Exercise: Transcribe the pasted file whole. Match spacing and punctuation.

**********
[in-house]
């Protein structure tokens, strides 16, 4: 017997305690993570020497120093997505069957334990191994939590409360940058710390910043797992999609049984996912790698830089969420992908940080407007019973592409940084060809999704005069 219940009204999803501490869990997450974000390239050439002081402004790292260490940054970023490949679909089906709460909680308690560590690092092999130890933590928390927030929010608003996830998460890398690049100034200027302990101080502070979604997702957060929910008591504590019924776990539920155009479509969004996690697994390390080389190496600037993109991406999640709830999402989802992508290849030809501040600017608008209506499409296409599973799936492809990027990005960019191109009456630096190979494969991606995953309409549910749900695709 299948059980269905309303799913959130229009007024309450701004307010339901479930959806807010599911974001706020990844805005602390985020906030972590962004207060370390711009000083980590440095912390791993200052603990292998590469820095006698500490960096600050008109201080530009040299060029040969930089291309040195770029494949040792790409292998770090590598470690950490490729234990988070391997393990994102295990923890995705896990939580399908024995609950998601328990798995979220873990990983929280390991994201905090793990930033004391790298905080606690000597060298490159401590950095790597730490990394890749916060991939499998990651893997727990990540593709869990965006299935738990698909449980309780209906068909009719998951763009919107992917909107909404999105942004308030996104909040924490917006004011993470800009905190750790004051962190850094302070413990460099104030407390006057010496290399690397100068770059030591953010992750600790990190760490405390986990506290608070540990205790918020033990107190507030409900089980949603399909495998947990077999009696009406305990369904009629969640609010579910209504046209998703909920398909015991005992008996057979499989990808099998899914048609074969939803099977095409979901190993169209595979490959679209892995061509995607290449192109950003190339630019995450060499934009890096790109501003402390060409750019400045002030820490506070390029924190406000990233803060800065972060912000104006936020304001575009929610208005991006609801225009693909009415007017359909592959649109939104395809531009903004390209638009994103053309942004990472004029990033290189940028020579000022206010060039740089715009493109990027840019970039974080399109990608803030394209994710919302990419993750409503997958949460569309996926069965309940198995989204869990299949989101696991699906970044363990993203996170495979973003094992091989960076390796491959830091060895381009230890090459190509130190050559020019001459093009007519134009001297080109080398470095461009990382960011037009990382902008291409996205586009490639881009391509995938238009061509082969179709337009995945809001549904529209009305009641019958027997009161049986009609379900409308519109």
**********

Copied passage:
[in-house]
């Protein structure tokens, strides 16, 4: 017997305690993570020497120093997505069957334990191994939590409360940058710390910043797992999609049984996912790698830089969420992908940080407007019973592409940084060809999704005069 219940009204999803501490869990997450974000390239050439002081402004790292260490940054970023490949679909089906709460909680308690560590690092092999130890933590928390927030929010608003996830998460890398690049100034200027302990101080502070979604997702957060929910008591504590019924776990539920155009479509969004996690697994390390080389190496600037993109991406999640709830999402989802992508290849030809501040600017608008209506499409296409599973799936492809990027990005960019191109009456630096190979494969991606995953309409549910749900695709 299948059980269905309303799913959130229009007024309450701004307010339901479930959806807010599911974001706020990844805005602390985020906030972590962004207060370390711009000083980590440095912390791993200052603990292998590469820095006698500490960096600050008109201080530009040299060029040969930089291309040195770029494949040792790409292998770090590598470690950490490729234990988070391997393990994102295990923890995705896990939580399908024995609950998601328990798995979220873990990983929280390991994201905090793990930033004391790298905080606690000597060298490159401590950095790597730490990394890749916060991939499998990651893997727990990540593709869990965006299935738990698909449980309780209906068909009719998951763009919107992917909107909404999105942004308030996104909040924490917006004011993470800009905190750790004051962190850094302070413990460099104030407390006057010496290399690397100068770059030591953010992750600790990190760490405390986990506290608070540990205790918020033990107190507030409900089980949603399909495998947990077999009696009406305990369904009629969640609010579910209504046209998703909920398909015991005992008996057979499989990808099998899914048609074969939803099977095409979901190993169209595979490959679209892995061509995607290449192109950003190339630019995450060499934009890096790109501003402390060409750019400045002030820490506070390029924190406000990233803060800065972060912000104006936020304001575009929610208005991006609801225009693909009415007017359909592959649109939104395809531009903004390209638009994103053309942004990472004029990033290189940028020579000022206010060039740089715009493109990027840019970039974080399109990608803030394209994710919302990419993750409503997958949460569309996926069965309940198995989204869990299949989101696991699906970044363990993203996170495979973003094992091989960076390796491959830091060895381009230890090459190509130190050559020019001459093009007519134009001297080109080398470095461009990382960011037009990382902008291409996205586009490639881009391509995938238009061509082969179709337009995945809001549904529209009305009641019958027997009161049986009609379900409308519109």